When it comes to the matter of who can apply for funding, the terms are strict. Profit-making companies are excluded, as are private individuals. Yet to apply you must own the property in question. The people who are most likely to meet both requirementsare local authorities. Persuading them of the merits of a particular project is likely to be the most effective way that ordinary people can gain lottery money to improve the area where they live.
An example of the impact a council can have on small-scale heritage is a scheme in Sunderland, which has been funded until now by a Government programme.
The city council, in partnership with the Government, English Heritage and local landlords, is restoring two streets of terraced houses with unusual architectural features. The original bay windows have rare battlement-style plasterwork, and the wooden fascia boards beneath the drainpipes are carved.
Almost all the houses are owned by private landlords and rented out, mostly to students. Many are in a poor state of repair, the plaster battlements replaced by boards and the gardens overgrown.
Thanks to the council's foresight, 34 houses will have their original features restored - the fences, gutters and pilasters around the doors as well as the plasterwork and fascia boards. The total cost of the external work is £450,000, of which the council will pay about £50,000.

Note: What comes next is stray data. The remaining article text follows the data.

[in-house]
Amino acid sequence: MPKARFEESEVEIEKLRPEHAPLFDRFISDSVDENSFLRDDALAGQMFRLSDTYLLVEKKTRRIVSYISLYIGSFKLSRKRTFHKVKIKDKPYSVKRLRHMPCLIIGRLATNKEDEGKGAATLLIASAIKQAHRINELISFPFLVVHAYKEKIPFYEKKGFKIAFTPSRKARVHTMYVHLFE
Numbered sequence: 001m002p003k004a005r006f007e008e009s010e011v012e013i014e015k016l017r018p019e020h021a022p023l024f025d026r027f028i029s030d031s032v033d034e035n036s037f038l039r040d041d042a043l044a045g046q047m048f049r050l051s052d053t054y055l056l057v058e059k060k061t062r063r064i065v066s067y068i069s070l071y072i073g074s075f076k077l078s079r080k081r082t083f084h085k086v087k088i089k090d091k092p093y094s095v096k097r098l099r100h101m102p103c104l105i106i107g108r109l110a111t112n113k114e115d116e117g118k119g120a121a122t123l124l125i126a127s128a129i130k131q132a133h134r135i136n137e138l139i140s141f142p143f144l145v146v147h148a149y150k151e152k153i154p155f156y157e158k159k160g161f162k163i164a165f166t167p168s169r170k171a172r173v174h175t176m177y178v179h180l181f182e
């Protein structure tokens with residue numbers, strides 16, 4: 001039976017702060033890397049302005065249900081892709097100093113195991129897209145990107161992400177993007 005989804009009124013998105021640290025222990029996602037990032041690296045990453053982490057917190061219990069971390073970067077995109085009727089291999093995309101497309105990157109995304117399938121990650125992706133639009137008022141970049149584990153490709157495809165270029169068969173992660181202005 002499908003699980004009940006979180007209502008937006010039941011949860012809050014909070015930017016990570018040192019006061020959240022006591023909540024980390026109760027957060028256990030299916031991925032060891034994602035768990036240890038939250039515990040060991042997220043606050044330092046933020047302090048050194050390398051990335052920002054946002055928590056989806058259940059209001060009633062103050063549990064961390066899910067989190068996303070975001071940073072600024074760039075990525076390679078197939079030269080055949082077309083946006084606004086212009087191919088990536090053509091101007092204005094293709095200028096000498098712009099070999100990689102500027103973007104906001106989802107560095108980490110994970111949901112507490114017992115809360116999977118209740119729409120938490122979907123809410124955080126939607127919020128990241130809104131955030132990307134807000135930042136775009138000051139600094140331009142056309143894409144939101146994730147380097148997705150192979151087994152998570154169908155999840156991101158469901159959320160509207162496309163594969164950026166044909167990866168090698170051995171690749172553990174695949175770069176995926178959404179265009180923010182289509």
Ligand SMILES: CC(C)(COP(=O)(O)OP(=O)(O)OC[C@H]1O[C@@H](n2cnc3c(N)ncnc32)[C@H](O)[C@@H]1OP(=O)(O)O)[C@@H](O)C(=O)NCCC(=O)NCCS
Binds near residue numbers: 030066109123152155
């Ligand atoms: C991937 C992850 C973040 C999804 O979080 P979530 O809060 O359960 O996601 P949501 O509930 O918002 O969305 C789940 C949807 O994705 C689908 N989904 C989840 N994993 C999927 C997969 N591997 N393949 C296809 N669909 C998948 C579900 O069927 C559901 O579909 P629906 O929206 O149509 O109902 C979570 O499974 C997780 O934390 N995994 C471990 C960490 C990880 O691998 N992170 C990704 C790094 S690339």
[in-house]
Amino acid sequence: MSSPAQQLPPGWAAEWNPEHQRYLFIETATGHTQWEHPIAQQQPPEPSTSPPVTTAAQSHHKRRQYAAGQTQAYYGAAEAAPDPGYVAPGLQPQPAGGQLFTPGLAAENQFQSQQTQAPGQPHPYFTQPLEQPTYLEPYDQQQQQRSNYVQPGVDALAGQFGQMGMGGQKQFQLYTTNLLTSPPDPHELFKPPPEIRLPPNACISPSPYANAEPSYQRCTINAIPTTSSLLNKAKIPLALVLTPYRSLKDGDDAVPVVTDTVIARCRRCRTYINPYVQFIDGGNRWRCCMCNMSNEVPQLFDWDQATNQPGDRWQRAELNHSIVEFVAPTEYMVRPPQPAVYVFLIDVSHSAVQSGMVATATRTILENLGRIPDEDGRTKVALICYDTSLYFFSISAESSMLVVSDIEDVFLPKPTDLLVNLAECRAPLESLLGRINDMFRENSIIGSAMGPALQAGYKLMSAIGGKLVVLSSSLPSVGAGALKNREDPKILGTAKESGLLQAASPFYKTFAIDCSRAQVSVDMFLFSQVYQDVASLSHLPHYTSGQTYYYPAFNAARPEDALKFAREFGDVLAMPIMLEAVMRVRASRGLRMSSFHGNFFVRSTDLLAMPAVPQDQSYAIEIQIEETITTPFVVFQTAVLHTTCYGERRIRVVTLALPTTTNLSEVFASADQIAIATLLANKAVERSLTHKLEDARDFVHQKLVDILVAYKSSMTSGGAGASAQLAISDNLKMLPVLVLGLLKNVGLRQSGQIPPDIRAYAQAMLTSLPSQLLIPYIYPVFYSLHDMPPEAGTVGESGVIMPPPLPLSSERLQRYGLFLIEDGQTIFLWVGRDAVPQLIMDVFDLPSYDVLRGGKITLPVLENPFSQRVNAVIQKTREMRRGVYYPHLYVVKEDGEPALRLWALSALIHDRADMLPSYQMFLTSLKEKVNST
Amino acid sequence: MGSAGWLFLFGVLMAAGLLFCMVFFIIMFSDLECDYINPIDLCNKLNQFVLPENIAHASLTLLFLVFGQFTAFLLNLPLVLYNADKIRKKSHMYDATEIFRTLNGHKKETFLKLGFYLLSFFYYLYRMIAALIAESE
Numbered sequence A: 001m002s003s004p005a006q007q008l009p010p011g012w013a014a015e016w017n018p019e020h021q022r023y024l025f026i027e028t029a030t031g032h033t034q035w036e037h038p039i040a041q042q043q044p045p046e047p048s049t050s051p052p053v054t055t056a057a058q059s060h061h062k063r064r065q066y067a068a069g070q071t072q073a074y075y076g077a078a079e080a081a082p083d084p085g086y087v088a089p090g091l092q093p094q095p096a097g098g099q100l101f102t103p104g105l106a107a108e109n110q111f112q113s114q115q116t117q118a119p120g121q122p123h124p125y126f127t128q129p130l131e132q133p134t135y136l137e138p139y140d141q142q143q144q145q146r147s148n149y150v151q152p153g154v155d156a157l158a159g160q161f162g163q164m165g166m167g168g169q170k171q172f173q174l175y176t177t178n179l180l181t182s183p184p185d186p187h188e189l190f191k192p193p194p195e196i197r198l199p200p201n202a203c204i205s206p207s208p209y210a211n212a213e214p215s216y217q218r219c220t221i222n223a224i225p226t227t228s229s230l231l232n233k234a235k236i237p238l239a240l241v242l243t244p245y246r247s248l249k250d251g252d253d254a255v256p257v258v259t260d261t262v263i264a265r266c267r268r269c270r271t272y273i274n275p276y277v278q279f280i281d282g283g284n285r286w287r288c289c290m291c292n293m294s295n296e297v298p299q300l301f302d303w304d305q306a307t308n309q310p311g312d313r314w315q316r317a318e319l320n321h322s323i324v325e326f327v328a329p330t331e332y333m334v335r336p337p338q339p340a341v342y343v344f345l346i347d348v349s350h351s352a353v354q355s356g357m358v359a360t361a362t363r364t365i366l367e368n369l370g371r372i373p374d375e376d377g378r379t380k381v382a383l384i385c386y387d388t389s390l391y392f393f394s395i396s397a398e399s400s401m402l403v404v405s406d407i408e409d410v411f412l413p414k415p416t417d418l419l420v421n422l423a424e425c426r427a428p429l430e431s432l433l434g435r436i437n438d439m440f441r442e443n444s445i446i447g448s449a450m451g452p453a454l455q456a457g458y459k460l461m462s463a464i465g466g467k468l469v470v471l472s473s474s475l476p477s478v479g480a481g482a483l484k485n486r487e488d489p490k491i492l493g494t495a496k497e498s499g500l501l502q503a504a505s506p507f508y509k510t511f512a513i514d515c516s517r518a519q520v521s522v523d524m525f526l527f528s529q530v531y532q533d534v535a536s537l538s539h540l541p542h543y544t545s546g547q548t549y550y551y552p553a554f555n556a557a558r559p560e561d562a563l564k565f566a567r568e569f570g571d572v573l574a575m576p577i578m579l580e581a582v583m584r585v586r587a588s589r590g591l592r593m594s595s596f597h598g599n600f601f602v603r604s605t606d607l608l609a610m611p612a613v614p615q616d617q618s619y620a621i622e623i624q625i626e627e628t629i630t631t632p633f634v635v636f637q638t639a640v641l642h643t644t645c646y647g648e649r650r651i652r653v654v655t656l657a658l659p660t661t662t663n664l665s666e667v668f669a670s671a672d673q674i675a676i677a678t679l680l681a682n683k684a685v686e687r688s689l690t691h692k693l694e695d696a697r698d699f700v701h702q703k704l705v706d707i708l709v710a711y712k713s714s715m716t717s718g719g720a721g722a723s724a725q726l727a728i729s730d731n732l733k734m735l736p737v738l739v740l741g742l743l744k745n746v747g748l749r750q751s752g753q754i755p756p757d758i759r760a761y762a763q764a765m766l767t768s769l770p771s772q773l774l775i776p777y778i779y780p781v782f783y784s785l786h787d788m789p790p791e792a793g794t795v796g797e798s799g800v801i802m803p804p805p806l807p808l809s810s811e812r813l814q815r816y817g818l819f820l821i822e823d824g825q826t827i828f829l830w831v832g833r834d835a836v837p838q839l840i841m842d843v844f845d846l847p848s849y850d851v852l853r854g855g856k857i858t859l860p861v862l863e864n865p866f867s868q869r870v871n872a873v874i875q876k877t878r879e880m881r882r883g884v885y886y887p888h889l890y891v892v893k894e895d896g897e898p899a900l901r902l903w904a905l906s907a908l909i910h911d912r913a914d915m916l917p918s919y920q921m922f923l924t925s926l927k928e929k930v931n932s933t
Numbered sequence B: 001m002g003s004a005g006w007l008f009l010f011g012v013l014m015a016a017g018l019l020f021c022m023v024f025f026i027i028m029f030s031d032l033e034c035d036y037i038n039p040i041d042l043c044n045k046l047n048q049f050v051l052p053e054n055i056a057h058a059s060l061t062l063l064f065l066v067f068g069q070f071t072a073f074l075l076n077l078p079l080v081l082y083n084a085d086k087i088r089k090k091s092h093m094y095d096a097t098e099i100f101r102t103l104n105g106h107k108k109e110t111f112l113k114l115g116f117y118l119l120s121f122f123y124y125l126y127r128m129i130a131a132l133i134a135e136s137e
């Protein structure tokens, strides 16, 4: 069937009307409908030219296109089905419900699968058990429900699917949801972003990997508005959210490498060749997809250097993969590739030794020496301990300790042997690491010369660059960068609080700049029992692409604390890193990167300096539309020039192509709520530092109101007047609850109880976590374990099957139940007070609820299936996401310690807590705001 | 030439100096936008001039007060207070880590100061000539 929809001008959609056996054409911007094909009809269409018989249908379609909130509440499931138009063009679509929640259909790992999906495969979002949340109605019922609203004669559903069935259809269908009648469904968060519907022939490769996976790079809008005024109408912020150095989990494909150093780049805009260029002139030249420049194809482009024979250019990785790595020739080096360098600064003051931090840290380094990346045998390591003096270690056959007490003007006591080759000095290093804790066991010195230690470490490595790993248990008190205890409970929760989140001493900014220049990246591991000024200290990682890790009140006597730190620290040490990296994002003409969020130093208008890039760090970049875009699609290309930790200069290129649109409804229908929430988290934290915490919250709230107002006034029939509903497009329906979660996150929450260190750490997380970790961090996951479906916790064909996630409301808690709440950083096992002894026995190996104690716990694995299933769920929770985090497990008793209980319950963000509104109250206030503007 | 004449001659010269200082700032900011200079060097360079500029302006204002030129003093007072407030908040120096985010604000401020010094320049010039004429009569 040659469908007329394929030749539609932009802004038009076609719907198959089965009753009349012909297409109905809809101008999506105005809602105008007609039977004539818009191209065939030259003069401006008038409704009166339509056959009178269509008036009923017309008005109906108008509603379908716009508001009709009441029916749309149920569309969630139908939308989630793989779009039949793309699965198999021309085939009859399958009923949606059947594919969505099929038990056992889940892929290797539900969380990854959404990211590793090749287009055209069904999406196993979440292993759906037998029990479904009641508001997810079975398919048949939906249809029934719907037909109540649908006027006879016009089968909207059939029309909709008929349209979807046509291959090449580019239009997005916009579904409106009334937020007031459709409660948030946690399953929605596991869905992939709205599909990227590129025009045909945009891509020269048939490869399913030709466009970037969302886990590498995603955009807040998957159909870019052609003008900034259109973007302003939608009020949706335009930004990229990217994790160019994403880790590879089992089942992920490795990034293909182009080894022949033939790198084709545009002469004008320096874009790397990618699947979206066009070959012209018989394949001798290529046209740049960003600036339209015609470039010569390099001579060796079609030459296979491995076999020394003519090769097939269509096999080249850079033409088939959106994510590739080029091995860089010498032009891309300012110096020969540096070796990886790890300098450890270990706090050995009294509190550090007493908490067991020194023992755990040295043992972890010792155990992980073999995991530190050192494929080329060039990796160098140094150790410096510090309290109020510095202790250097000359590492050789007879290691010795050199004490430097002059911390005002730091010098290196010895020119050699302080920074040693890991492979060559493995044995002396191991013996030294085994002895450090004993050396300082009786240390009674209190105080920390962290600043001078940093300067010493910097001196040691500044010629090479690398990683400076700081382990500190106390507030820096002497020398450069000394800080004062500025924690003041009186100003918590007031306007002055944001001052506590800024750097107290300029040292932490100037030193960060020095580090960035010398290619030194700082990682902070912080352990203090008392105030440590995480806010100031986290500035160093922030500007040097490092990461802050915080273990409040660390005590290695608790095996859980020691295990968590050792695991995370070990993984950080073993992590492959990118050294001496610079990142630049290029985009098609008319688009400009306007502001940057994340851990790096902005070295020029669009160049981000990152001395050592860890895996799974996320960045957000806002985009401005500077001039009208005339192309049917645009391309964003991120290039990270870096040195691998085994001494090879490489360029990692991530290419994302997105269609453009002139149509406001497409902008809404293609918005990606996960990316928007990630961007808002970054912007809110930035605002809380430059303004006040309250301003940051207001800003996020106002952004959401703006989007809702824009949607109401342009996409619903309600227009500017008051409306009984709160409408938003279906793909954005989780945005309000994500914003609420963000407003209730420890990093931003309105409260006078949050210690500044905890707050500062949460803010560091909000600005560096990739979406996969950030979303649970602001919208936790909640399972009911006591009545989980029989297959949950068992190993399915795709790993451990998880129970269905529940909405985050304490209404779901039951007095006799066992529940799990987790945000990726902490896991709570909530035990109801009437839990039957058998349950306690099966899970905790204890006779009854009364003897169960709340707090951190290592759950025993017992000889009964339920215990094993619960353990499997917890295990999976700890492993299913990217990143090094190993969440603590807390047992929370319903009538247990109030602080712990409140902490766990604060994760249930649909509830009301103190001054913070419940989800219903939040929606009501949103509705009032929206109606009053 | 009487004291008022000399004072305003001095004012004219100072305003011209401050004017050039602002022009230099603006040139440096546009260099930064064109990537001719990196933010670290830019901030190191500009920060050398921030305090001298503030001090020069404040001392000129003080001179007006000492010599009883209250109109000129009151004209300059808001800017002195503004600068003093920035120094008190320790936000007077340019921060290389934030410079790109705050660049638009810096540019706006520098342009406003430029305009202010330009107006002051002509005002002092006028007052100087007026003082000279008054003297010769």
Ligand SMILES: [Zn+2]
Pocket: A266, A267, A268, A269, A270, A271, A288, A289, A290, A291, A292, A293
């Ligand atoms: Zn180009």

Application forms for National Lottery funding are available from the National Heritage Memorial Fund, 10 St James Street, London SW1A 1EF, or call 071-649 1345.
Hundreds of properties in the south London borough of Wandsworth have five bedrooms, two bathrooms and three reception rooms. But not many fetch a million pounds. It is the location and setting of Spencer Park that make it exceptional.
The house has large gardens backing on to a private square. It is double-fronted, detached with a garage, and is in all respects like a country house, except that it is just a few minutes away from Clapham Junction.
Michael Comyn, of John D Wood, who sold the property, said that a typical Wandsworth buyer is an English family moving out from Fulham or Chelsea and either staying put in Wandsworth or using the property as a last stop on their way to a house in the country.
Few, however, have a million pounds to spend, or would normally need it to buy a good family house. Foxtons is selling a property similar to the million-pound house for £265,000. It is a Queen Anne, double-fronted house with five bedrooms, three reception rooms, a garage and a large back-garden. The drawback is that it fronts directly on to West Hill, a busy road. Some buyers might feel that is worth the £735,000 saving.